The namesake of this column – Rethinking Communications – is rooted in telephony, but with the evolution of unified communications. It has come to embrace a broader range of modes, all of which give rise to new value propositions for business decision-makers to consider. Nothing stands still any more, and increasingly, the worlds of communication and collaboration overlap, with the result being the ever-widening UC&C umbrella.
The differences are more than semantic, as each provides distinct forms of value. Not all forms of communication involve collaboration, and when the focus is collaboration, communication is just one element. Sometimes it’s a major element, but in other cases it serves only to enable processes that drive the desired outcome.
Regardless of how you look at these variations, changes in how we communicate are having a major impact on how we collaborate, and that’s causing a lot of rethinking, both among vendors in the UC&C space and IT circles inside businesses. I’m going to touch on why this is happening here, and in my follow-on column, I’ll delve further into why offerings such as Slack are so disruptive.
Root Cause – Email and Telephony Aren’t Working
These two applications have long been the cornerstones for getting things done at work. They are indispensible tools for communicating, but these days, not so much for collaborating. Desk-based telephony is no longer the hub of communication, and with the rise of mobility, text-based modes are gaining favor over voice. For today’s workers, the convenience of near real-time short form messaging seems to carry more weight than the intimacy of real-time voice. Despite its many virtues, email is a drag on productivity for many end users, as the vast majority of messages are either unrelated to work or unnecessary messages.
Since these are core elements of conventional UC offerings, it’s not unreasonable to conclude that this is a key reason why UC has been slow to gain adoption. Not only is the UC value proposition difficult to define, but these building blocks aren’t the tools of choice for today’s knowledge workers. As the workforce trends younger and Millennials become the dominant demographic, these issues will become more pronounced. They communicate differently than their predecessors, and being digital natives, their concept of collaboration is also very different.
To adapt, UC&C vendors are incorporating more social elements into their platforms, with the most notable examples being Cisco (News - Alert) with Spark and Unify with Circuit. These solutions are largely homegrown, and need to rely on the freemium model to build traction, so it’s hard to say how successful they will be beyond retaining their customers.
Another approach is to acquire a platform built around collaboration and social business. There are a slew of third-party vendors out there doing this, and I’ll explore that further in my next column. The main idea here is that many vendors and UC providers are built around voice and don’t have the expertise to develop these other pieces. Again, it’s not clear how effectively they can monetize these moves, but things are changing quickly, and it’s too risky to stand pat and hope that voice continues carrying the business. A prime example is the recent acquisition of Glip by rising star RingCentral (News - Alert), and to a lesser extent the move by Vonage Holdings to buy gUnify for its fast-growing Vonage Business division.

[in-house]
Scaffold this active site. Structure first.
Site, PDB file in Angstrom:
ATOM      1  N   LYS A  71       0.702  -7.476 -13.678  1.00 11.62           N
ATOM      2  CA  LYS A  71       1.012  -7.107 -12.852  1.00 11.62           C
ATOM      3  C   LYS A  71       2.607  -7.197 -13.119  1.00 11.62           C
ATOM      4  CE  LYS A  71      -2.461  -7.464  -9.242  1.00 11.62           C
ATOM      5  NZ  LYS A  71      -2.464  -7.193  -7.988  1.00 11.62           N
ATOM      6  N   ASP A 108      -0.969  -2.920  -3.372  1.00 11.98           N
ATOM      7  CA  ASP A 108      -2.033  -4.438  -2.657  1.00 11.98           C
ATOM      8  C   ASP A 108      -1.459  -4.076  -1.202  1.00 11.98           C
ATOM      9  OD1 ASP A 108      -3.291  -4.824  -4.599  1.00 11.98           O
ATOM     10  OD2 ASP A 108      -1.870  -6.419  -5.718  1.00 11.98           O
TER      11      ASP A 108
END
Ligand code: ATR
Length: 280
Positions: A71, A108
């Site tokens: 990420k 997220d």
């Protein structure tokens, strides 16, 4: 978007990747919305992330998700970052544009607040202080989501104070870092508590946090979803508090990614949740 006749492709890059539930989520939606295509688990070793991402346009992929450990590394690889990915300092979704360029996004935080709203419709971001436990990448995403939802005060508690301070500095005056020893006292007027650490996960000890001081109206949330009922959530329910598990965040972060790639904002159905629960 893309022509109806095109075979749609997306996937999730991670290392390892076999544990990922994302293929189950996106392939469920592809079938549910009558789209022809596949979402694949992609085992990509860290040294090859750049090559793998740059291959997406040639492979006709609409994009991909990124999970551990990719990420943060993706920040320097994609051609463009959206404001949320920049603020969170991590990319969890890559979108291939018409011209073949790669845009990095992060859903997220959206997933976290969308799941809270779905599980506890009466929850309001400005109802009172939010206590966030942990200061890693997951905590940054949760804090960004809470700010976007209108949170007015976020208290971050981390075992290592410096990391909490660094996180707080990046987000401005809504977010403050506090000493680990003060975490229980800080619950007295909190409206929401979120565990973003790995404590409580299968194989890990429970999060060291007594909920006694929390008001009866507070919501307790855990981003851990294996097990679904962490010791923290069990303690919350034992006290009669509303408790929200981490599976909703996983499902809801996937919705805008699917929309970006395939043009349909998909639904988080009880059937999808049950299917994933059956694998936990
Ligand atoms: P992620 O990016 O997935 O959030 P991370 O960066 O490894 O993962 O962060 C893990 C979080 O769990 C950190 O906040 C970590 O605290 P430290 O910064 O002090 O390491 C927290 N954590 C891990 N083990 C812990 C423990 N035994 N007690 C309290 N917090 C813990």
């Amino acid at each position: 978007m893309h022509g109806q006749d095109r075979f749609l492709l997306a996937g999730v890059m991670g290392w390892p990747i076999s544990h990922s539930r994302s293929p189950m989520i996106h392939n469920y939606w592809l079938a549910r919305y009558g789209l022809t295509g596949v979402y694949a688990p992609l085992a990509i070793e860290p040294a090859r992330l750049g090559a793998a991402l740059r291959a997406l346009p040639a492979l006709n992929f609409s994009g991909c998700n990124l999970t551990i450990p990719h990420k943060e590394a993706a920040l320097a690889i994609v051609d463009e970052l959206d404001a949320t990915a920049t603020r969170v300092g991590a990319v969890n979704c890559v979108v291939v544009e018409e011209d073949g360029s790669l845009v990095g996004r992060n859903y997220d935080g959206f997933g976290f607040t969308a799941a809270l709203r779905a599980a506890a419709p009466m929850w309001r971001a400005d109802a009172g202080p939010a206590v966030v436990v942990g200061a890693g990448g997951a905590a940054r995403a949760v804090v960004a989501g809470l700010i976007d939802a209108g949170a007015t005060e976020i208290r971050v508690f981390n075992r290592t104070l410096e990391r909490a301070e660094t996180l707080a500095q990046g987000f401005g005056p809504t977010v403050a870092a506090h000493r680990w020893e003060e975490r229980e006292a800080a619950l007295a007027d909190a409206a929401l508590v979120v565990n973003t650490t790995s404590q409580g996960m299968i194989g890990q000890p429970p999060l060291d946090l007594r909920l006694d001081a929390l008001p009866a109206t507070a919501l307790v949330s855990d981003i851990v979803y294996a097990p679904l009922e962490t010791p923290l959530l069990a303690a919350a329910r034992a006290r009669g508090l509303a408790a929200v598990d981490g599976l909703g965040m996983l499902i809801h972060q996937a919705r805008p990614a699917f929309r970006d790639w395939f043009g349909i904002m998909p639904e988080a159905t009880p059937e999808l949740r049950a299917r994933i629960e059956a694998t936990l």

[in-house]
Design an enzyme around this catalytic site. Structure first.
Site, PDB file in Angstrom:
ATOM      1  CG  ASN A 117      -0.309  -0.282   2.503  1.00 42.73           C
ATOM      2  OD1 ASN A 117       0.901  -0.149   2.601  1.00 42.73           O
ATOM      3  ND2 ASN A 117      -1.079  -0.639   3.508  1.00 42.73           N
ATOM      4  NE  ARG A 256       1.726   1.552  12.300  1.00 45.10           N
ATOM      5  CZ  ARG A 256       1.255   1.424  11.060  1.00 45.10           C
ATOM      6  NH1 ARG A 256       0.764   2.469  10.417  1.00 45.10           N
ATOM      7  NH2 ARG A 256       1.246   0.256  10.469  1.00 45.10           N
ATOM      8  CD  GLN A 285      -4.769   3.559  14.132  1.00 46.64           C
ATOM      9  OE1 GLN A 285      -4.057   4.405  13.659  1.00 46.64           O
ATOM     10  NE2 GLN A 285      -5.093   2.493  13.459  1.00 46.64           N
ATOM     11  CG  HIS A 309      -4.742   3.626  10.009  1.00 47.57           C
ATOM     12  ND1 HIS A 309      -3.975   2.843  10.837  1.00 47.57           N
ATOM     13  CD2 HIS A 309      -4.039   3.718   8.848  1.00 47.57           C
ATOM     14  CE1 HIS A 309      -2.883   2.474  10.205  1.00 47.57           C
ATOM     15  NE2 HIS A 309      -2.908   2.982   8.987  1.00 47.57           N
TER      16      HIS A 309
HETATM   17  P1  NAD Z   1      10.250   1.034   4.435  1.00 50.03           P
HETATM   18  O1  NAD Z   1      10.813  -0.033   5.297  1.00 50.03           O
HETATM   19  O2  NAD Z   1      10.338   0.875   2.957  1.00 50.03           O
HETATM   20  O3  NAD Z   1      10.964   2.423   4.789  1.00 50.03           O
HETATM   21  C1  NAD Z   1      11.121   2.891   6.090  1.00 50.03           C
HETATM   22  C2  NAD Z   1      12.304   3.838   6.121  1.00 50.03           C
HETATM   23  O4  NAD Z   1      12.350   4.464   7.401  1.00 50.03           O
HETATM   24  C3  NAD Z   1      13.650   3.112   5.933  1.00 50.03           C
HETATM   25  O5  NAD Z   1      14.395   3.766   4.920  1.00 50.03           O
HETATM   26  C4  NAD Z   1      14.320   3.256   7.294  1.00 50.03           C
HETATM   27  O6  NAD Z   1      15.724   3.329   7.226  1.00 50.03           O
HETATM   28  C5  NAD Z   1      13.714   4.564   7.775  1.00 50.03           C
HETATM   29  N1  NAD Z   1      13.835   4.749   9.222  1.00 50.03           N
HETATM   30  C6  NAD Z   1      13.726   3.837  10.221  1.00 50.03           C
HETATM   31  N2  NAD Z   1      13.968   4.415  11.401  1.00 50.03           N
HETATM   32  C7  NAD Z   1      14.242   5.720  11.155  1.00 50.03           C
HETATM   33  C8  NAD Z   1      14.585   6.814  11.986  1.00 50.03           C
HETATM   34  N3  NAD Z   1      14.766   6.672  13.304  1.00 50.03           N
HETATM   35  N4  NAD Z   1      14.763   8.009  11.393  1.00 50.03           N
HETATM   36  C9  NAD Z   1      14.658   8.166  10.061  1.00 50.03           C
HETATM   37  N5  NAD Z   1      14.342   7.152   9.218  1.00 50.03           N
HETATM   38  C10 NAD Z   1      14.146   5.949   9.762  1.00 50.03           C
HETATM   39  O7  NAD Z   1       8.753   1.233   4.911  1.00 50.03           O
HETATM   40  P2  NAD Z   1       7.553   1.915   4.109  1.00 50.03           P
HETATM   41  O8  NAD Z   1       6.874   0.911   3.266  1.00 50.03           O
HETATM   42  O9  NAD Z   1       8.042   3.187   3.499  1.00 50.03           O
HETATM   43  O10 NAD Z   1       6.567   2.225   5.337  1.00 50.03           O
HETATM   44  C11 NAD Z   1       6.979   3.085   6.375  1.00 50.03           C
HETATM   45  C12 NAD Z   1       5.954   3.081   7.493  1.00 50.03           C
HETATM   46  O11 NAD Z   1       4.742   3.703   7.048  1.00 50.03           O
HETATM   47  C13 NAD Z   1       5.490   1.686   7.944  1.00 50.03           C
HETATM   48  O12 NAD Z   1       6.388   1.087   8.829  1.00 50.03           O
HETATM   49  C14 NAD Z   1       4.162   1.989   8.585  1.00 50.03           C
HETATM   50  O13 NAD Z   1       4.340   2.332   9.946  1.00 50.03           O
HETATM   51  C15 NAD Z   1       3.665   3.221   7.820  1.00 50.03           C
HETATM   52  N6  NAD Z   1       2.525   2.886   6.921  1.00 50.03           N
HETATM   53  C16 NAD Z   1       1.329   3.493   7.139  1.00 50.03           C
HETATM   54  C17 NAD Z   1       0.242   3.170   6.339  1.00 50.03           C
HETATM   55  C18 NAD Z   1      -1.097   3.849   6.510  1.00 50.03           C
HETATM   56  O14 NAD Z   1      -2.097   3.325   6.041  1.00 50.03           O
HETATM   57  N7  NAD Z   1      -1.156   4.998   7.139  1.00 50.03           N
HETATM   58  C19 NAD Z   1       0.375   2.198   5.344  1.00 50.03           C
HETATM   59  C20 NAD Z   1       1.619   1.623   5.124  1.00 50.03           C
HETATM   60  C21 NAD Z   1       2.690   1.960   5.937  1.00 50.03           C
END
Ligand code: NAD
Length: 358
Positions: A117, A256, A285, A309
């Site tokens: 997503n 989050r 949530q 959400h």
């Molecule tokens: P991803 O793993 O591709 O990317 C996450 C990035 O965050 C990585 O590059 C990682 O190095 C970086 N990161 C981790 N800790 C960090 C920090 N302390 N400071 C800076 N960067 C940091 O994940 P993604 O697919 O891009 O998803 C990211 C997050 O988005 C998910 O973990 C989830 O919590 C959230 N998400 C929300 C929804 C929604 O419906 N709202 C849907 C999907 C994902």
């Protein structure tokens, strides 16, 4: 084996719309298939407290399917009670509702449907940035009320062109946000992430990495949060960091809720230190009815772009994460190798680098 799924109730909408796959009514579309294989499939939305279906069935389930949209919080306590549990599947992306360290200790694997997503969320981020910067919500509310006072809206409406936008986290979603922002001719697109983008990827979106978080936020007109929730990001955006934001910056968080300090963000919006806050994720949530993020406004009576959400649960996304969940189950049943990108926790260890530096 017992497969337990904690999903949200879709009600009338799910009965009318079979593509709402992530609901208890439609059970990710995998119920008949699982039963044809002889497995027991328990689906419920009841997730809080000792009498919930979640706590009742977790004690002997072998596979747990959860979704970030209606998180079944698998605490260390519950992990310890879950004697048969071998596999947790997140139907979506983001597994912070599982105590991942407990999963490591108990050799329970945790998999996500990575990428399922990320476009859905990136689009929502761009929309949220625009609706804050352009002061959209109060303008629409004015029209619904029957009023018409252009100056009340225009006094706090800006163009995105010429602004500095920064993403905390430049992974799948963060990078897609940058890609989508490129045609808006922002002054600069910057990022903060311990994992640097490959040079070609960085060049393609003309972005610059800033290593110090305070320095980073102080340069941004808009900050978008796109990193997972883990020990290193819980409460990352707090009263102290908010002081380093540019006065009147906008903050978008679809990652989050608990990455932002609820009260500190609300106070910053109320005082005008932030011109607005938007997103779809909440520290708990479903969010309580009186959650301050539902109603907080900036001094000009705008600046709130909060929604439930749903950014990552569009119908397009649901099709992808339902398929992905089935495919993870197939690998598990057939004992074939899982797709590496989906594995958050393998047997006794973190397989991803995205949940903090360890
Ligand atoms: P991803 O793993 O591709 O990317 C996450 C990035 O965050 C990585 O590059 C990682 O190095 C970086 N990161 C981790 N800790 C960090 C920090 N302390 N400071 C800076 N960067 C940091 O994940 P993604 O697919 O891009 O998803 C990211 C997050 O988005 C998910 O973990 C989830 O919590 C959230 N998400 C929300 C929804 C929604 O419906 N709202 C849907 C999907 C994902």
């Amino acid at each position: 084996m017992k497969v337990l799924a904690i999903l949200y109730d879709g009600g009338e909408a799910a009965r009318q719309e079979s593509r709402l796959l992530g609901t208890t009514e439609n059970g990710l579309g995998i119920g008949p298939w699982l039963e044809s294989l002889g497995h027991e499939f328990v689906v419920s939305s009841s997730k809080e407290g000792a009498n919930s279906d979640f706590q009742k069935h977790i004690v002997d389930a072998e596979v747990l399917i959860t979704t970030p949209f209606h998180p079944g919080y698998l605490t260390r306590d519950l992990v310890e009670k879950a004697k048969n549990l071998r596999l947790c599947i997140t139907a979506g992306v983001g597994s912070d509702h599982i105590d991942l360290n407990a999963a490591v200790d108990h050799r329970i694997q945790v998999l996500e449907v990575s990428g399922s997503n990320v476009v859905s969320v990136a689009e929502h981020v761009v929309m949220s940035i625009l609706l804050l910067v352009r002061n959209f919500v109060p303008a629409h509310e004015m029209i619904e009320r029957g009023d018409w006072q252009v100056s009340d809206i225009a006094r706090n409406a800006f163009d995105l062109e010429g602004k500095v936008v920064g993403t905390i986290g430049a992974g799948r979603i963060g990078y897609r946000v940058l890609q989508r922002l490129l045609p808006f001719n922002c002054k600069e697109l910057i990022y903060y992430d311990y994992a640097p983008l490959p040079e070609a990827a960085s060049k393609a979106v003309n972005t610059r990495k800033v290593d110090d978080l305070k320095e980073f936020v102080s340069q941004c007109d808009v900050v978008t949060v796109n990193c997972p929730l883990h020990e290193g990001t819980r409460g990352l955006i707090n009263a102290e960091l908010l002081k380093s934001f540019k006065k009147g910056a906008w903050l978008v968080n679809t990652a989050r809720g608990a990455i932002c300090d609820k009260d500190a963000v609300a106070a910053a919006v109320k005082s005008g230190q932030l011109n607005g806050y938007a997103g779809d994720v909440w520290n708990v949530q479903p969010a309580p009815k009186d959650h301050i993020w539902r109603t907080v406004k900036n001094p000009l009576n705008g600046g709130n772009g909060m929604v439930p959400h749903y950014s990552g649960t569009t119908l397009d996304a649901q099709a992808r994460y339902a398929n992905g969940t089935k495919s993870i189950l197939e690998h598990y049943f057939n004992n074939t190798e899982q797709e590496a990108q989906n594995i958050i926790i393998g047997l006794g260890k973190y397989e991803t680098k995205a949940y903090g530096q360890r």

The common denominator is the need to integrate voice and other communications modes with business-based applications. This is where the higher-order value comes from UC, especially in terms of streamlining and even automating processes. At minimum, the goal is to integrate communications with directory and calendaring functions, as this powers presence, the real driver for UC. Once that is in place, the next layer is tying communications applications to collaboration tools such as conferencing, screen sharing, document storage, and file sharing. Finally, there are the business applications such as Salesforce.com (News - Alert), and more broadly, CRM for supporting the contact center and ERP or WFM to better manage workflows.
Building a Better UC Platform for Collaboration
Pulling all these pieces together is complex, but the established UC vendors can do so to varying degrees. If this was the complete solution for collaboration, I wouldn’t be writing this post, and we wouldn’t all be wondering if Slack is going to re-invent this space. Technophiles will gladly see this as the Uberizing of UC, and because it’s happening so quickly in the taxi world, UC players can’t afford to dismiss the potential.
Furthermore, the fundamental nature of collaboration is changing, and that has a direct bearing on those cornerstones of email and telephony. More importantly, these changes have a direct bearing on our readers here, as collaboration is a strategic driver of competitive advantage. When thinking about how best to invest your IT dollars, it’s crucial to understand the relationship between communication and collaboration. If employees aren’t using the right tools to communicate, their collaboration outcomes will suffer. You may need to take a closer look at the tools your employees are really using to get work done, and if email and telephony are barely there, it’s time to rethink collaboration.
Jon Arnold is principal of J Arnold & Associates, an independent telecom analyst and marketing consultancy with a focus on IP communications, and writes the Analyst 2.0 blog. Previously, he was the VoIP program leader at Frost & Sullivan.
Edited by Maurice Nagle